Finland's authorities have taken a bold step by announcing the closure of the land border with Russia from November 30 to December 13, 2023, except cargo transport. The move has come as Finland grapples with a sudden surge in refugee arrivals from the Russia.
This decision follows Finland's prior near-total border closure with Russia, leaving just one solitary crossing point operational — Raja-Jooseppi, a distant outpost four hours away from Murmansk, open for a meager four hours each day.
In an address on November, 28, 2023, Finland's Prime Minister, Petteri Orpo, unveiled the comprehensive border shutdown. He attributed this drastic measure to an unprecedented rise in asylum seekers from third countries trying to enter Finland via Russia. “This is Russia’s influence operation and we do not accept it” Orpo firmly declared earlier at a press conference in Brussels on November 27, 2023.
It was speculated earlier that such an influx of asylum seekers would be a deliberate ploy orchestrated by Russia. Finnish authorities believe Moscow is steering refugees towards their borders in response to Finland's NATO membership and strengthened defense ties with the United States. However, the Kremlin denies these allegations.
Recent data from the Finnish Border Guard paints a telling picture. According to his testimony to YLE on November 26, 2023, an estimated 900 asylum seekers, hailing from diverse regions including Afghanistan, Kenya, Morocco, Pakistan, Somalia, Syria, and Yemen, entered Finland through the Russian border in November 2023 alone.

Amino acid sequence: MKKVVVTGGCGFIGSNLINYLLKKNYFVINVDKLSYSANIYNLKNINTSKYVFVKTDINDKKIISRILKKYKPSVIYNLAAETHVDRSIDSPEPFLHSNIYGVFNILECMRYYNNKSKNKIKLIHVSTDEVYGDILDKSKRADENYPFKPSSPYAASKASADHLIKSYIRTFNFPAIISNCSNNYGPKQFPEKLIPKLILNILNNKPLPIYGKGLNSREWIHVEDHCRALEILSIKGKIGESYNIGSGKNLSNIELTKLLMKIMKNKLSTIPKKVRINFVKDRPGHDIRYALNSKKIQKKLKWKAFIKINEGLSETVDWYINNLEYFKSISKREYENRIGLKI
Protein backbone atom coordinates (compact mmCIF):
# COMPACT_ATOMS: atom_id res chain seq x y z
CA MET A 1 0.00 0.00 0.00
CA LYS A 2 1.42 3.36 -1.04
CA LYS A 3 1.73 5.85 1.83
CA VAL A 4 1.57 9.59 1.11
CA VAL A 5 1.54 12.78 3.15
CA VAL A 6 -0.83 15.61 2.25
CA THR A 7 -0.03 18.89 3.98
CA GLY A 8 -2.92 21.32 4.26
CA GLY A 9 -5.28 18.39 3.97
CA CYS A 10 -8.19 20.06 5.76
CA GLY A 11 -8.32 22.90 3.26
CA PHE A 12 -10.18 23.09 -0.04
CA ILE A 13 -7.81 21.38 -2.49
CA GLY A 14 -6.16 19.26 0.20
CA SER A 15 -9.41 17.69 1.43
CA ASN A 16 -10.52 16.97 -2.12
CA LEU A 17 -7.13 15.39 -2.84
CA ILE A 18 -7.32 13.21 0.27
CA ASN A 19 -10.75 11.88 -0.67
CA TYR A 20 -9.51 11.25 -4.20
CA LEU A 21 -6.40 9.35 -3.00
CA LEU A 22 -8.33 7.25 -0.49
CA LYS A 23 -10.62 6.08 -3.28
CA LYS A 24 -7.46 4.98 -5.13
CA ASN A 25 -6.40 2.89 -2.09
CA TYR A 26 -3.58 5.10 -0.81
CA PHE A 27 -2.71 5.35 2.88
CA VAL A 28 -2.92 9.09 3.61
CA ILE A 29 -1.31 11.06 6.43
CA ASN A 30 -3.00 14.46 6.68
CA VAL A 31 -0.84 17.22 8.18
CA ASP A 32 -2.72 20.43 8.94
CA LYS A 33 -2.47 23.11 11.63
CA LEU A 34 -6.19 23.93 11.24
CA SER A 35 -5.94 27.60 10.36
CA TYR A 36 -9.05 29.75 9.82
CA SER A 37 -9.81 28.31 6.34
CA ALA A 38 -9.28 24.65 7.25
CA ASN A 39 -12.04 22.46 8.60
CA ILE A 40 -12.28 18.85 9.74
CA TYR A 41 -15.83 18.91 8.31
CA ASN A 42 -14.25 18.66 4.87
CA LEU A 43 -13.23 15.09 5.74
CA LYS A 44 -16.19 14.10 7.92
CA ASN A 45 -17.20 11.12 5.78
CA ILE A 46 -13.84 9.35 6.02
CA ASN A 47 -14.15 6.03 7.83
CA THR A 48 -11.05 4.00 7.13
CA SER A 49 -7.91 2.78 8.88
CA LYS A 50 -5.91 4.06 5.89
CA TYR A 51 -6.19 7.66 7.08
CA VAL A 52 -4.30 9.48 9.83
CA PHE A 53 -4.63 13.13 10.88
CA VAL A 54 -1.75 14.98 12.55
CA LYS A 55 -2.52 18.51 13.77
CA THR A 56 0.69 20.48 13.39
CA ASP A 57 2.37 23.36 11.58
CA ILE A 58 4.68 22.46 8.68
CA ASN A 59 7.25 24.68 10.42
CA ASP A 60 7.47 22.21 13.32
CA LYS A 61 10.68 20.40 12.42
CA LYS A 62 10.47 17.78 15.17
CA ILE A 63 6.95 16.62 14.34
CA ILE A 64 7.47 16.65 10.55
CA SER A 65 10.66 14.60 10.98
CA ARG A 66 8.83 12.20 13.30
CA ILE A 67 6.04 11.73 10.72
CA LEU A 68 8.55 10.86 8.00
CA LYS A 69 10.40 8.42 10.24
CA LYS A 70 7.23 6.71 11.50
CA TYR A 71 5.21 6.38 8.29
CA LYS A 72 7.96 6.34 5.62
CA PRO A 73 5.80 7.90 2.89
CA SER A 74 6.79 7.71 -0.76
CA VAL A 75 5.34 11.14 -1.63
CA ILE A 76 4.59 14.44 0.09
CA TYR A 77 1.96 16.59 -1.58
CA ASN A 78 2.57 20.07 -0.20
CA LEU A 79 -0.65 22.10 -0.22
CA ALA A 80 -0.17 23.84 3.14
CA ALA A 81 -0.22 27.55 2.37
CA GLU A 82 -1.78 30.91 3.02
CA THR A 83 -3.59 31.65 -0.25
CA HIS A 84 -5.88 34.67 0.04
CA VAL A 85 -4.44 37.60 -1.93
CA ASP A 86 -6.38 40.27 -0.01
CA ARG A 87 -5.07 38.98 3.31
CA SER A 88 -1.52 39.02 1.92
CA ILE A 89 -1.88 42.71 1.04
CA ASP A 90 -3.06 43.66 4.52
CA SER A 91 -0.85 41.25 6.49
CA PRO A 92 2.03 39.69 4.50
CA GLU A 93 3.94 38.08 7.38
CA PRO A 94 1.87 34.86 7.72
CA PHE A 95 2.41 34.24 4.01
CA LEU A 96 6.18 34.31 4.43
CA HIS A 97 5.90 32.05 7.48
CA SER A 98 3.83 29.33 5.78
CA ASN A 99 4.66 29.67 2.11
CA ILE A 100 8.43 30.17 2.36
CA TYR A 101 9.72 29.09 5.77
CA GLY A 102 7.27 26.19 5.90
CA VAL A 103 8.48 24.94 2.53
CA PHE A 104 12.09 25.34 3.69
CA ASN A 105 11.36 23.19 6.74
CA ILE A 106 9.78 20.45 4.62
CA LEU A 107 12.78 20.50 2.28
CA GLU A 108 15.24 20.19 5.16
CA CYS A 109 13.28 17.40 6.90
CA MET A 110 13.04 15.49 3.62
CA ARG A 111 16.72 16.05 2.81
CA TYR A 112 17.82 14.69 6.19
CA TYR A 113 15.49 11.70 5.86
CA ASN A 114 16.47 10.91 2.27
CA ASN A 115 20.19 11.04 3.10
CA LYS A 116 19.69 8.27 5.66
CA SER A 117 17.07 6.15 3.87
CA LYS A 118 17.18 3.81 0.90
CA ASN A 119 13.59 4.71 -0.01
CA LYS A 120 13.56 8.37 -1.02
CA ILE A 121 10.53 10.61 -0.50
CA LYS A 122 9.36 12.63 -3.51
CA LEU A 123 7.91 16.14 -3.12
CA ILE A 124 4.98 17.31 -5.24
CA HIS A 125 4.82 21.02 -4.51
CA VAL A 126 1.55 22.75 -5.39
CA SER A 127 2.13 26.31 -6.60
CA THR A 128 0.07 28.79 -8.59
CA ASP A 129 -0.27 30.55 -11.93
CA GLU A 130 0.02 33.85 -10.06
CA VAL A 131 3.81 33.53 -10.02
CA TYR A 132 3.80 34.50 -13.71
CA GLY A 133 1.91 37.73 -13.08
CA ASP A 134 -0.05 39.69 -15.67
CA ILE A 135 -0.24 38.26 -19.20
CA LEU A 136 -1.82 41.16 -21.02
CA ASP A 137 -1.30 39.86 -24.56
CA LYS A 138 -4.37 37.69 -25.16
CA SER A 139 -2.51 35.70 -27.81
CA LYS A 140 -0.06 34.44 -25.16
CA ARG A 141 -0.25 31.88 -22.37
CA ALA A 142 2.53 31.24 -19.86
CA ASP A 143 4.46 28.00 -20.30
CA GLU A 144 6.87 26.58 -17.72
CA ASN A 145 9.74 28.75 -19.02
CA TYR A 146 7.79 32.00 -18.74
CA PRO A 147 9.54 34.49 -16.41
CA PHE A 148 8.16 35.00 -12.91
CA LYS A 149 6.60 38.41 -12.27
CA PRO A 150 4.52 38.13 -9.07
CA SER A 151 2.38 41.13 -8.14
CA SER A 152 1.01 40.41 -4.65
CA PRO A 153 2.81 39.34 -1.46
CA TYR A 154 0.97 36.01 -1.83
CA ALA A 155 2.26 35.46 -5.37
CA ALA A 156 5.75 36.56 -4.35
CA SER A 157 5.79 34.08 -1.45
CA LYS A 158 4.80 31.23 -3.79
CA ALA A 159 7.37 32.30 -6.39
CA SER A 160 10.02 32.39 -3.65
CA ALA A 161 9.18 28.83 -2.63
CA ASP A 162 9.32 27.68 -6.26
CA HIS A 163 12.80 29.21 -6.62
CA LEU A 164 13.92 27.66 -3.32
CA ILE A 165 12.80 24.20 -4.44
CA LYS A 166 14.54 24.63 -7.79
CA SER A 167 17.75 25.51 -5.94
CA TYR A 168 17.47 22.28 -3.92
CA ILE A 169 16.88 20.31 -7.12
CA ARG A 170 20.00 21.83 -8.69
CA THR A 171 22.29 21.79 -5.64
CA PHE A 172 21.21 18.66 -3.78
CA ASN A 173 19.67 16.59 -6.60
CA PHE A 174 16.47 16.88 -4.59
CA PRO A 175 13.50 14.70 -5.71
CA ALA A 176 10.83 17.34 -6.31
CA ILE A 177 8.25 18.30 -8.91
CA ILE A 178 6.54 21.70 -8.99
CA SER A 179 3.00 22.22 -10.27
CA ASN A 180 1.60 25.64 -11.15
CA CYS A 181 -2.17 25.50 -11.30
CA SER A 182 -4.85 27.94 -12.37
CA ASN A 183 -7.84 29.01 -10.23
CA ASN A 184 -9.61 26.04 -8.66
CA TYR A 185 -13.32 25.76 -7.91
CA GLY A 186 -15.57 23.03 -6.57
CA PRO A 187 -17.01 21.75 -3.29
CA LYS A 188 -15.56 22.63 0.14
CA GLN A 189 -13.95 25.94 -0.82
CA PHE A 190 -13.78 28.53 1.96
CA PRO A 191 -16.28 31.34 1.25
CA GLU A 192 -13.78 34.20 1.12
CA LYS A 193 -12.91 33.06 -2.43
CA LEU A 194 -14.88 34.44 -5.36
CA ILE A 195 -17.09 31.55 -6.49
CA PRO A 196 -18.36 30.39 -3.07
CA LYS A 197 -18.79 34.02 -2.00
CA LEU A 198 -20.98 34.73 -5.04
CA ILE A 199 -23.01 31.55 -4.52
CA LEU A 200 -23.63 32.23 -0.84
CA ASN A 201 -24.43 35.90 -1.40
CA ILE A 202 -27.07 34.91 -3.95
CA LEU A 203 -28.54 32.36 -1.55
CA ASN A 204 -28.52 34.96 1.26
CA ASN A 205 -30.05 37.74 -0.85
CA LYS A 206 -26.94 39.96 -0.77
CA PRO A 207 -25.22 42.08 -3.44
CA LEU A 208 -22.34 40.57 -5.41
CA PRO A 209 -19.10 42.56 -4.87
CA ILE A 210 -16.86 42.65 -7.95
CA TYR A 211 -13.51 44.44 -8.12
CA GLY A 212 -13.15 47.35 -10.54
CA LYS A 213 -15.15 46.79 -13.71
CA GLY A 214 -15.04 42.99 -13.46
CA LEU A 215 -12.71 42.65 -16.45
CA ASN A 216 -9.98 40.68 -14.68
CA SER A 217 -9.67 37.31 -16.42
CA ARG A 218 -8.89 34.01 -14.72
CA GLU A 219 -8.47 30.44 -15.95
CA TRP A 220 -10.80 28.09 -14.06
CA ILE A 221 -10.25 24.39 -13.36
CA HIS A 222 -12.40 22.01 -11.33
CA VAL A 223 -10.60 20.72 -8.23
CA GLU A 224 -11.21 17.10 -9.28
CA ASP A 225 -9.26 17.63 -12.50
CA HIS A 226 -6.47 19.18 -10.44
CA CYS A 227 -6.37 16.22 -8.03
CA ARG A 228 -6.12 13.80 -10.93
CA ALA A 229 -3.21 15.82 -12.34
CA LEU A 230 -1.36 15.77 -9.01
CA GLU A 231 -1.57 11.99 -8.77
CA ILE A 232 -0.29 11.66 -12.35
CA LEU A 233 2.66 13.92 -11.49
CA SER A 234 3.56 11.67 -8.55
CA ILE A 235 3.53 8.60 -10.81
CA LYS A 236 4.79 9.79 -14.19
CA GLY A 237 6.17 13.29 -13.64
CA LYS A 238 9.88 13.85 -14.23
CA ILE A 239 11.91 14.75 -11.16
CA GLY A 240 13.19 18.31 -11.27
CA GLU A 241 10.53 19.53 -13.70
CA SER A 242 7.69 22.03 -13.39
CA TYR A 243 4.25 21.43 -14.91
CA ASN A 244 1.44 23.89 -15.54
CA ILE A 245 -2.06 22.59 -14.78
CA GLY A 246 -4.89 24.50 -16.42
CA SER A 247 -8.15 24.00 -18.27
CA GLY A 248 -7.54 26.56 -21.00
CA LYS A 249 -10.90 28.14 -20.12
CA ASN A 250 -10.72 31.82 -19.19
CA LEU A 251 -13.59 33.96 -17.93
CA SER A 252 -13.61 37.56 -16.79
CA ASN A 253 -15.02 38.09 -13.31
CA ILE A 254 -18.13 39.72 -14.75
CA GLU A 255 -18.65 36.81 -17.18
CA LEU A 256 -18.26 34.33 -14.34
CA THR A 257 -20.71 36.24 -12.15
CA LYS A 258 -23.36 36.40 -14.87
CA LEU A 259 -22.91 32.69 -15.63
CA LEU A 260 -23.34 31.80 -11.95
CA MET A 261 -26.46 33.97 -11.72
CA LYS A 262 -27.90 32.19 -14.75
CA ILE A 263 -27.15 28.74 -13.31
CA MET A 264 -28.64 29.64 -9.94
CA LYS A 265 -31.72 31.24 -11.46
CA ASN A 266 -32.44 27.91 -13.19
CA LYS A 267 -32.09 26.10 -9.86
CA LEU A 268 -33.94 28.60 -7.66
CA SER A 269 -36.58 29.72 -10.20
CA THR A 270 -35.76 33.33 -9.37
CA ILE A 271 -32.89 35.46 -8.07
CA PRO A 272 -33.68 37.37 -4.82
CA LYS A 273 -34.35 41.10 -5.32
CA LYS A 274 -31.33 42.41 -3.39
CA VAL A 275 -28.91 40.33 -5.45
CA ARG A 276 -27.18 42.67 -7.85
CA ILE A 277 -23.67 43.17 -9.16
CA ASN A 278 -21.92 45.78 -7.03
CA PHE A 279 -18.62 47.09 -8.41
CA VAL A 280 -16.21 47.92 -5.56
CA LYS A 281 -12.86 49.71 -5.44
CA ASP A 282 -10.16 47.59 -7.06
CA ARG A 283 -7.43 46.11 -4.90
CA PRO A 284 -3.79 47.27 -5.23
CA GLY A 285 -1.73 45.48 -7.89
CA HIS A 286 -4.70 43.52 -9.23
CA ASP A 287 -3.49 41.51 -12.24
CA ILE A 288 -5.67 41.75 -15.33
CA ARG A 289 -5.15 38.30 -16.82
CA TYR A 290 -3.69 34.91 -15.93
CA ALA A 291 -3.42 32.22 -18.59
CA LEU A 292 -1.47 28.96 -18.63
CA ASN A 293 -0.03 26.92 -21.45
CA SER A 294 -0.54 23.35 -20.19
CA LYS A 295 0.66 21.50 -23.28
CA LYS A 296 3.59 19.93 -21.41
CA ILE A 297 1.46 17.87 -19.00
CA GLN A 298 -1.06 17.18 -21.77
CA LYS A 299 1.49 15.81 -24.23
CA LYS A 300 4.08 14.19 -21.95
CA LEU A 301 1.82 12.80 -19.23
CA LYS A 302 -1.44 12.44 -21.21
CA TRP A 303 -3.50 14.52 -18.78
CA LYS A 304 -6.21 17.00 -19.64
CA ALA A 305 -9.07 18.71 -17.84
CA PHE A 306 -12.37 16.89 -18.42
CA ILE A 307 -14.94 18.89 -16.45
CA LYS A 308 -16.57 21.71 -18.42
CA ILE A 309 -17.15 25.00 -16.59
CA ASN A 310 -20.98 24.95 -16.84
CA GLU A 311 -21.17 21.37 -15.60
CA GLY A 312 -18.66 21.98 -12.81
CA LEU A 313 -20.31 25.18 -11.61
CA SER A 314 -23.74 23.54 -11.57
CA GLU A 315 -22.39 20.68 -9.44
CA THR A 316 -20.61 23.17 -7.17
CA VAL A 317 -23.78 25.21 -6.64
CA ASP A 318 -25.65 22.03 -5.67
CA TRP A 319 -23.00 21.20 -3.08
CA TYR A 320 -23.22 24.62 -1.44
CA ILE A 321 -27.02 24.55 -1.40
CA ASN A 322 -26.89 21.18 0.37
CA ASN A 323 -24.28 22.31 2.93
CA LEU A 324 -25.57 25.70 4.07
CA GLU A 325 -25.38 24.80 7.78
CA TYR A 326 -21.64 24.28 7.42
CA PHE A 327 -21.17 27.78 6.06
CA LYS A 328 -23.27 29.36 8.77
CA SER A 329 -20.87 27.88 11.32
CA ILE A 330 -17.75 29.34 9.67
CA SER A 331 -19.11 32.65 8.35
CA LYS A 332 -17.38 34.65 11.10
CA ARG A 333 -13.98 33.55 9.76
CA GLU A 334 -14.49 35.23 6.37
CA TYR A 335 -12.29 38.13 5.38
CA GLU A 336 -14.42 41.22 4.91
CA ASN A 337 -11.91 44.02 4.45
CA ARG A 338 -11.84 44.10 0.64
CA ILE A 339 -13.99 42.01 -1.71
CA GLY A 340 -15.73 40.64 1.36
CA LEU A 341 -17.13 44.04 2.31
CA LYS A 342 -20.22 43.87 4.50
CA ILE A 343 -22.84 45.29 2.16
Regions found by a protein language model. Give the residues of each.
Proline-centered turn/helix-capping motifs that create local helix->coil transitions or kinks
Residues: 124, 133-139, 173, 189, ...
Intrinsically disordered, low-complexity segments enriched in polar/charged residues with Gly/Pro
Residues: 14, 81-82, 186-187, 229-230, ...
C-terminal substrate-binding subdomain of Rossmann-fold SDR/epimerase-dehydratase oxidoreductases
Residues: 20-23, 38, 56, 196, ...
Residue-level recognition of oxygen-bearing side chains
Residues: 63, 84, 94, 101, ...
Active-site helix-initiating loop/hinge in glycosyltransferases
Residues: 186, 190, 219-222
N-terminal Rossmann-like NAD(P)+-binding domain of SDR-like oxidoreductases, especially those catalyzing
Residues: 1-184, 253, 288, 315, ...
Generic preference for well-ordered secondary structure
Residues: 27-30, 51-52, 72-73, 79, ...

NATO's Secretary-General, Jens Stoltenberg, weighed in on Monday, November 27, 2023, dubbing this as another instance of Russia employing migration as leverage to pressurize other European nations.
“I think this is another example of how Russia is using many different tools to put pressure on neighbours. We have seen them using energy, we have seen them using cyberattacks, we have seen them using different kinds of clandestine operations to try to undermine our democracies,” said Stoltenberg in his speech in Brussels.
The restrictions have swiftly taken effect. On Monday, a paltry three migrants crossed the border into Finland via Raja-Jooseppi, and the following day, the Finnish border guards stood firm, refusing entry to anyone from the Russian side.
Speaking to the BBC, Colonel Matti Pitkäniitty from the Finnish Border Guard acknowledged the struggle in fully sealing the border, citing Finland's obligation to safeguard refugee’s rights. Similarly, Pia Lindfors, head of the Refugee Aid Center in Finland, expressed grave concerns about the total border closure as it might drive refugees to attempt illegal crossings through forest paths spanning hundreds of kilometers.
However, the interior minister Mari Rantanen defended the decision citing the issue of national security in such exceptional circumstances. “This is an organised activity, not a genuine emergency,” she added.
Finnish uthorities have indicated that asylum seekers will have restricted access, only able to seek protection at open border crossing points for air and maritime traffic, namely ports and airports. However, as the decision raises concerns regarding potential illegal border crossings and the safeguarding of refugee rights, the broader impact of the amendment’s integration is yet to be unleashed.
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